Career Advice – Five Ways To Express A Generalist Background As A Subject Matter Expert

Feb 9 2011 in Featured, Job Search Strategy, reCareered Blog by Phil Rosenberg

best career advice, best job search information, career advice, job search information, job search advice, job search help, job search tips, career information, career help, career tips, career info, job search info, best career advice, best job search information

The days of candidates successfully selling themselves as generalists are over. This presents challenges for candidates who view themselves as generalists – how to highlight the Subject Matter Expertise also in their background. Today’s career advice centers helps candidates navigate how to redefine themselves as subject matter experts to increase job market success.

Even a mom & pop retail store manager is likely to be hired first as a subject matter expert and secondarily for general skills. Why? It’s too difficult to choose between generalists because they make themselves indistinguishable – generalist skills look alike on paper, while subject matter expertise stands out.

Additionally, using a generalist resume typically increases ageism by hiring managers who look for hands-on skills in addition to management skills.

But this really goes beyond your resume to affect your entire job search. Your self-definition affects everything from the jobs you apply for, the companies you target all the way through how you present yourself to prospective employers.

Today’s career advice is a listing of 5 ways to express a generalist background as a subject matter expert:

  1. Get over it: The first step is recognition. Many generalist candidates feel proud to describe themselves this way bssed on the cumulative effect of years of experience. Throughout their career they’ve been told that generalist skills are desired. While these skills are desired in the workplace, generalist skills are rarely the primary reason a candidate is chosen for interview and hire. See “Career Advice – Why Do Employers Hire Specialists for Generalist Jobs?“ http://www.recareered.com/blog/2011/02/11/career-advice-why-do-employers-hire-specialists-for-generalist-jobs/ for more details.
  2. What do you do better than anyone else? Focus on what you do better than anyone else, rather than on all the things you could do. I could probably figure out rocket science, but would you want to be my test pilot?
  3. Coordinate key skills with target company key problems: If your target company’s priority problem is cutting costs, why would you highlight your ability to increase sales? Yet that’s what most candidates do when they send a standards (or merely tweaked) resume. Instead show your cost cutting accomplishments. If you highlight sales (because you’re proud of these skills), you’re solving someone elses’ problems, and make it unlikely that your target will see you as a fit.
  4. Choose just a couple of hats: If you describe yourself as a generalist, you probably view your career as wearing many hats. Choose just a couple of these hats to highlight on your resume. Include the rest of your hats in your skills inventory at the end of your resume (see: “Resume Ideas – Add A Skills Inventory To Get Noticed For More Jobs” http://www.recareered.com/blog/2010/02/10/resume-ideas-add-a-skills-inventory-to-get-noticed-for-more-jobs/).
  5. Change your view of what SME means: Your subject matter expertise doesn’t have to be quite as specific as the SME of a staff level employee. Instead, your subject matter expertise can be your industry, your product, your customer segment, a specific function, accomplishment, skill, technology, or income effect.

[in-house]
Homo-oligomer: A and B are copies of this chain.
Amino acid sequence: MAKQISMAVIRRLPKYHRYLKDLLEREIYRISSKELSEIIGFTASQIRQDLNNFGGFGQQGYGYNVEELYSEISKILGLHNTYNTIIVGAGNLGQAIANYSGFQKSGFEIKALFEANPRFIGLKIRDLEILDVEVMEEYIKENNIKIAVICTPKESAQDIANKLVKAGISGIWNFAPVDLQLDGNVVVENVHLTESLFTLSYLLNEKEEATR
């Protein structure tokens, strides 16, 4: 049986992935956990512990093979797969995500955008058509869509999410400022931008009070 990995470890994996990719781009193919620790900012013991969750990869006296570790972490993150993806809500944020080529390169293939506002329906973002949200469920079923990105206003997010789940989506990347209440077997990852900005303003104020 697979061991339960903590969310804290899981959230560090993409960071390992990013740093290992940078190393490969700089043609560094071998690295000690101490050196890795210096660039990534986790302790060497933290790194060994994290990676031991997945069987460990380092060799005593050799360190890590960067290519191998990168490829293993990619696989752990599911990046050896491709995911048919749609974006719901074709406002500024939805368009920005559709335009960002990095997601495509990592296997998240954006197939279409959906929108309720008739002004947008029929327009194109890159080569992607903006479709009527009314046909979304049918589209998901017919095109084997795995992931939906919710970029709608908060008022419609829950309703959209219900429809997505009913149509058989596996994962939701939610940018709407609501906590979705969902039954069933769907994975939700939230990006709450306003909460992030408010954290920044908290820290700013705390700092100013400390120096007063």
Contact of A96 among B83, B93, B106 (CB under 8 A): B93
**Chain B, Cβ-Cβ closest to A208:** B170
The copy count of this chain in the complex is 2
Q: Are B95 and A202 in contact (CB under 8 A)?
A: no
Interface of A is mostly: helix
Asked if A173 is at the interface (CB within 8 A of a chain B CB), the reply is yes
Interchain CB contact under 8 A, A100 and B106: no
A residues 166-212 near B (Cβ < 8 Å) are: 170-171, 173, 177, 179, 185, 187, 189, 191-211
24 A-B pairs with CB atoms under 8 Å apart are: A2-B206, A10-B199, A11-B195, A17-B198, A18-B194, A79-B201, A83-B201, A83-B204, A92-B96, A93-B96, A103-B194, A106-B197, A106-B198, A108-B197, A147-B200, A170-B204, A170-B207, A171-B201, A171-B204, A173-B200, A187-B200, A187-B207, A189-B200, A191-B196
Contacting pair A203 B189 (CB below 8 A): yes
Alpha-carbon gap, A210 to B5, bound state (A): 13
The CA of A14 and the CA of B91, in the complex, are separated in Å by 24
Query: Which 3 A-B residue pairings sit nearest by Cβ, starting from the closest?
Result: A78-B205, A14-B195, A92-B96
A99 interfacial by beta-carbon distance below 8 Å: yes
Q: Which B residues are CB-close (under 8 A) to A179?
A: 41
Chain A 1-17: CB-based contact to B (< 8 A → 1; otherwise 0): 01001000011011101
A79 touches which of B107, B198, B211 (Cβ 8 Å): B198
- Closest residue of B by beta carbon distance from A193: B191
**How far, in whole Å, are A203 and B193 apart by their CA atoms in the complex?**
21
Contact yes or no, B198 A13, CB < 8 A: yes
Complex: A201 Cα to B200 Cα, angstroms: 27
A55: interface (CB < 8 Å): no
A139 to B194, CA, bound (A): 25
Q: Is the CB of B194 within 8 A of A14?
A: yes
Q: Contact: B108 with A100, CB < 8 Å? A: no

How will you change your generalist approach to instead highlight your subject matter expertise?

-------------------------------------------------------------------------------------------------------------------------------------

Want to do more than just complain about a bad economy?

To attend our next complimentary live webinar featuring action items to double your resume response rate and number of interviews, plus live career Q&A with Phil Rosenberg of reCareered, register at http://ResumeWebinar.com .

Available Now On Amazon: Job Search Secrets - Rethink Your Job Search Now, By Phil Rosenberg

Phil shows you why your current job search strategies work against you and how to replace them with strategies that improve your odds. Phil provides you with research - cold, hard statistics provided by job boards and hiring managers themselves, to show you what works for you and against you in the worst job market in our lifetimes.

Download Job Search Secrets on Amazon

Join our mailing list for newsletters, announcements of complimentary upcoming webinars and other job search resources. Sign up at http://reCareered.com/newsletter/

For access to more information:
Connect to Phil Rosenberg on Linkedin: http://linkedin.com/in/philrosenberg
Follow reCareered on Linkedin: http://linkedin.com/company/recareered.com
Like reCareered on Facebook: http://www.facebook.com/reCareered
Follow Phil Rosenberg on Google+: http://gplus.to/philrosenberg
Follow reCareered on Twitter: http://twitter.com/philreCareered
Join Career Change Central on Linkedin: http://linkedin.com/e/gis/1800872

Source: http://reCareered.com
Author: Phil Rosenberg

You might also like

Career Advice – Why Do Employers Hire Specialists for Generalist Jobs? This is a shock to the system of many candidates with small business management backgrounds, former...
Job Seekers: Branding Yourself As A Generalist Doesn’t Work It used to be, the further you got in your career, the more you described yourself as a generalist. You’d...
8 Ways To Brand Yourself As A SME (even if you’re a generalist) As I discussed in earlier articles, branding yourself as a generalist...
Who Needs Generalists Anymore? Seth Godin, one of the marketing geniuses of our time, had a brilliant post, “We Specialize in...